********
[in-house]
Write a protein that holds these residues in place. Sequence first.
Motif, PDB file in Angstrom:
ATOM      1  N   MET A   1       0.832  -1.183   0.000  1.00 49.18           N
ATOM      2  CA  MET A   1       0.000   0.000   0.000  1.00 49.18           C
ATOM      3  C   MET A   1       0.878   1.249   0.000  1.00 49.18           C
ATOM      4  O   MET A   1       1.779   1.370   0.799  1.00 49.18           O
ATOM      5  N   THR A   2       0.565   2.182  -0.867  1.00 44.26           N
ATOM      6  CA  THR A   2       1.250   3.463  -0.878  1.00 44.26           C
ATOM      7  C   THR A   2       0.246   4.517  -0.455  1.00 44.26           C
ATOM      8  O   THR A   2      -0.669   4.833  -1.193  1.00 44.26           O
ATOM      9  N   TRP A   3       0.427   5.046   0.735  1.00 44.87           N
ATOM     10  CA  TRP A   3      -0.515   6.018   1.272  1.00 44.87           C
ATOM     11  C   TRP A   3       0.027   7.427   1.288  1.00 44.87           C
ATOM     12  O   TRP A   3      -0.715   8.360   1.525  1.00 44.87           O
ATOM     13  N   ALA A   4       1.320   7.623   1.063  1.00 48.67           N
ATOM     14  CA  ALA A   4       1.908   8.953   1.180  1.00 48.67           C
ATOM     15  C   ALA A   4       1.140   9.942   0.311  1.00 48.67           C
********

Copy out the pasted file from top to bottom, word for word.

[in-house]
Write a protein that holds these residues in place. Sequence first.
Motif, PDB file in Angstrom:
ATOM      1  N   MET A   1       0.832  -1.183   0.000  1.00 49.18           N
ATOM      2  CA  MET A   1       0.000   0.000   0.000  1.00 49.18           C
ATOM      3  C   MET A   1       0.878   1.249   0.000  1.00 49.18           C
ATOM      4  O   MET A   1       1.779   1.370   0.799  1.00 49.18           O
ATOM      5  N   THR A   2       0.565   2.182  -0.867  1.00 44.26           N
ATOM      6  CA  THR A   2       1.250   3.463  -0.878  1.00 44.26           C
ATOM      7  C   THR A   2       0.246   4.517  -0.455  1.00 44.26           C
ATOM      8  O   THR A   2      -0.669   4.833  -1.193  1.00 44.26           O
ATOM      9  N   TRP A   3       0.427   5.046   0.735  1.00 44.87           N
ATOM     10  CA  TRP A   3      -0.515   6.018   1.272  1.00 44.87           C
ATOM     11  C   TRP A   3       0.027   7.427   1.288  1.00 44.87           C
ATOM     12  O   TRP A   3      -0.715   8.360   1.525  1.00 44.87           O
ATOM     13  N   ALA A   4       1.320   7.623   1.063  1.00 48.67           N
ATOM     14  CA  ALA A   4       1.908   8.953   1.180  1.00 48.67           C
ATOM     15  C   ALA A   4       1.140   9.942   0.311  1.00 48.67           C